Smart contracts need smarter lawyers

Blockchain and distributed-ledger technology are the subject of a lot of hype and discussion. Businesses across many industries have started considering the benefits this technology could offer.

Trusted and immutable records shared across parties through a tamper-proof network could reduce costs, increase automation and remove the need for manual processing. Many businesses are already investing considerable time and money into the technology, particularly financial services.

" Blockchain technology… has the potential to change the way lawyers work and advise their clients."
Simun Soljo & David Rountree, Managing Associate & Senior Associate, Allens

But the technology also has the potential to change the way lawyers work and advise their clients. Smart contracts built on distributed ledgers could automate the way many standard contracts are entered into and performed.

However, while some legal work could disappear, lawyers have a crucial role to play in understanding the risks of this new technology and protecting the interests of participants and users alike.

Click image to zoom Tap image to zoom


Lawyers are already making use of artificial intelligence systems. They are becoming more sophisticated and in some cases are able to supplement traditional discovery tasks which require searching large volumes of documents to pick out just the relevant facts.

Labour-intensive tasks can now be done more quickly with the help of computer technology. Smart contracts may be another step along the path to automation.

While the term is used loosely, 'smart contracts' usually refer to computer applications in which contracts are written into computer code and perform or execute automatically.When these applications are built on blockchains or distributed ledger platforms, they can take advantage of the greater certainty this technology can provide that the contractual obligations will be performed as programmed, as well as increasing automation and eliminating some manual tasks required in traditional contracting.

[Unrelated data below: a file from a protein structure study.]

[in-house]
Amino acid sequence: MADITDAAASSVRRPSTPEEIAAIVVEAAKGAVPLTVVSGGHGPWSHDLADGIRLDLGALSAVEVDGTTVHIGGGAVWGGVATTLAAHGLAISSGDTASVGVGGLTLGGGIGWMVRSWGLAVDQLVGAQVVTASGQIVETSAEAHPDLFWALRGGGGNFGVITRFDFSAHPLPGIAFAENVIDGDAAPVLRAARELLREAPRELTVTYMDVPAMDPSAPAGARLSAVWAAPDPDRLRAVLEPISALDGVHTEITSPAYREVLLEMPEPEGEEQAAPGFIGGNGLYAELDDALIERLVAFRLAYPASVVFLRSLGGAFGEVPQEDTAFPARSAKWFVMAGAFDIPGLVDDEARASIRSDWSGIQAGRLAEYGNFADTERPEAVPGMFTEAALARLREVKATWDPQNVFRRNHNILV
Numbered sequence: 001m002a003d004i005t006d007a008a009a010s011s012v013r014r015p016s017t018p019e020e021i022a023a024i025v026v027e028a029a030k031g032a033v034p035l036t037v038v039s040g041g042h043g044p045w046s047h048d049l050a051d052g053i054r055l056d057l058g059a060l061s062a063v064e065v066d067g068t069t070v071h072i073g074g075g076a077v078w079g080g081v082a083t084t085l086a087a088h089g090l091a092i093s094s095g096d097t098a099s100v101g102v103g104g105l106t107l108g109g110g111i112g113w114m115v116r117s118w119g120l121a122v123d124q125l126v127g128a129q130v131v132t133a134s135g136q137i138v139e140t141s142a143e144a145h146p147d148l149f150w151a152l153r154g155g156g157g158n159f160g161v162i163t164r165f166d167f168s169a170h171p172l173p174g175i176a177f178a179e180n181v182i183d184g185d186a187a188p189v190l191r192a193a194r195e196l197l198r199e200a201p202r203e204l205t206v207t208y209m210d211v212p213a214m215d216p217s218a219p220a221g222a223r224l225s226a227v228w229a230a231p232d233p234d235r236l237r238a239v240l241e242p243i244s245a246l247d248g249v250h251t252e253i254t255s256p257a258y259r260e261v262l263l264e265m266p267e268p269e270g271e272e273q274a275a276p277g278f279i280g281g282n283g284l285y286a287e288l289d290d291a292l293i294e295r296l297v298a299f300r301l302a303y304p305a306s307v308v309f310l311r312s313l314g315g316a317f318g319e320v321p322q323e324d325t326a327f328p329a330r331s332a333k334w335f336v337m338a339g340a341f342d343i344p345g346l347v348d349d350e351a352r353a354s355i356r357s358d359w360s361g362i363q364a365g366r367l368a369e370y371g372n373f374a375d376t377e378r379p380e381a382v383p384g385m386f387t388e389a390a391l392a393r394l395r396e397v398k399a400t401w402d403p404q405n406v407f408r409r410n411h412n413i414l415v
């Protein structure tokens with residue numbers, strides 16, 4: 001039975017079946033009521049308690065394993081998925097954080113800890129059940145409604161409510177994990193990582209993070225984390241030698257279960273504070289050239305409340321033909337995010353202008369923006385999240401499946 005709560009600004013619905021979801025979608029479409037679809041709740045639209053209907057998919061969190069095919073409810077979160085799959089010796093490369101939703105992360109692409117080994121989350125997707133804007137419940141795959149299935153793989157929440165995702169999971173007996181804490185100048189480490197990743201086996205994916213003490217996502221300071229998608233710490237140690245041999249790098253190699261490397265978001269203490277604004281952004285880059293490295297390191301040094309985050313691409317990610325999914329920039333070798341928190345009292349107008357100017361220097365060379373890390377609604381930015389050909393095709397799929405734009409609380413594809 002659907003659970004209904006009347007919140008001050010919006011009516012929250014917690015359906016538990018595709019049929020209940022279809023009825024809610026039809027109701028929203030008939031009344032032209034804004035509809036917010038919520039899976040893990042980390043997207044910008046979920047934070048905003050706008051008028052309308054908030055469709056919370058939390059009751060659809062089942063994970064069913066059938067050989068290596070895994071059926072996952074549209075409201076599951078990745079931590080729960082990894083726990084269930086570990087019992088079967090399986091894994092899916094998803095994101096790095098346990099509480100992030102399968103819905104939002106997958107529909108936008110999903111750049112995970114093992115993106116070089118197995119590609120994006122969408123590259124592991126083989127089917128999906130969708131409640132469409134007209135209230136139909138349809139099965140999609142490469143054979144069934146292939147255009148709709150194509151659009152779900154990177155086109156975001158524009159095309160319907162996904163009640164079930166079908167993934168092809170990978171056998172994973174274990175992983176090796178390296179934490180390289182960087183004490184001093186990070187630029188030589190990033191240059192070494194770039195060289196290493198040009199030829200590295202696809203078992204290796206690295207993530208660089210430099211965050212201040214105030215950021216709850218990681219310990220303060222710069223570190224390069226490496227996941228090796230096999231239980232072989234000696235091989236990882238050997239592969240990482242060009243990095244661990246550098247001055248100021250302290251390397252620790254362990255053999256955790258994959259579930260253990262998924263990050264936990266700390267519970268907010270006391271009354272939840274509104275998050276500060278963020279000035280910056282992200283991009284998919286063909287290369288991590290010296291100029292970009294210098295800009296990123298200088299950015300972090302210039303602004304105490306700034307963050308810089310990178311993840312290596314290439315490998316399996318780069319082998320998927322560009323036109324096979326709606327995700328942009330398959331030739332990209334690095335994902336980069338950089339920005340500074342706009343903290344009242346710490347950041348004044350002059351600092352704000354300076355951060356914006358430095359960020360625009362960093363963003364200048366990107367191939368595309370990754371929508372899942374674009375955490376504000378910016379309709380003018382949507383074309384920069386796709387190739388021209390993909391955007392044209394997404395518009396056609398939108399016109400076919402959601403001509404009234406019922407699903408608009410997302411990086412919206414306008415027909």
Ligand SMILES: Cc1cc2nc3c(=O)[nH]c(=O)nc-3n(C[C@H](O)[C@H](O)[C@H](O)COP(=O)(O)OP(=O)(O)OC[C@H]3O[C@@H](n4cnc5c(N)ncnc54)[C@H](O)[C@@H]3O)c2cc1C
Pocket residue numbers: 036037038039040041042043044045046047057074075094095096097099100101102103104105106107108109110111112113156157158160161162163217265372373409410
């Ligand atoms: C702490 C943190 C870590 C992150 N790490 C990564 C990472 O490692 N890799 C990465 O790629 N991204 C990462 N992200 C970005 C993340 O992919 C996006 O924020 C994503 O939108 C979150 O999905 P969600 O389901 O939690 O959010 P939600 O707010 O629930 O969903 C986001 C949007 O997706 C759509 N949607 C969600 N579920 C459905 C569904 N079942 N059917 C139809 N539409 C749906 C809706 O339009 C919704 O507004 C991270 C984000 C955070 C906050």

This has some obvious applications to certain types of common contracts in financial services. For example, a trade finance smart contract might be programmed to make payment upon confirmation of the delivery of a shipment; a derivative smart contract could make payment calculated on the basis of the value of an underlying asset at a point in time.


Automating contracts could reduce the need for lawyers doing repetitive contract writing and interpretation. But predictions of the demise of the lawyer have been exaggerated.

Smart contracts are still best suited to arrangements where clearly defined outcomes can be programmed – computers do not understand ambiguity. Many contractual relationships will not lend themselves to programming.

Even where smart contracts on blockchain technology are appropriate, lawyers have an important role to play in the development of blockchain and smart contracts technology. There are four things lawyers can do computers still can't:

• Who can make your smart contract enforceable?

Computer code is not the law and does not give you legal rights. A smart contract is not necessarily a legal contract simply by virtue of its name. You might agree with a party how transactions in a distributed ledger system will be performed but have you got a binding contract and could you enforce your rights?

And while smart contracts can operate without the need for legal enforceability (if that is not important to the parties), that does not prevent the legal system applying to relationships entered into under smart contracts.

It is crucial to get legal advisers involved early to understand what legal rights need to be created and how they can be built into the architecture of the system, including what 'dumb' or traditional contract terms may need to operate side by side the smart ones.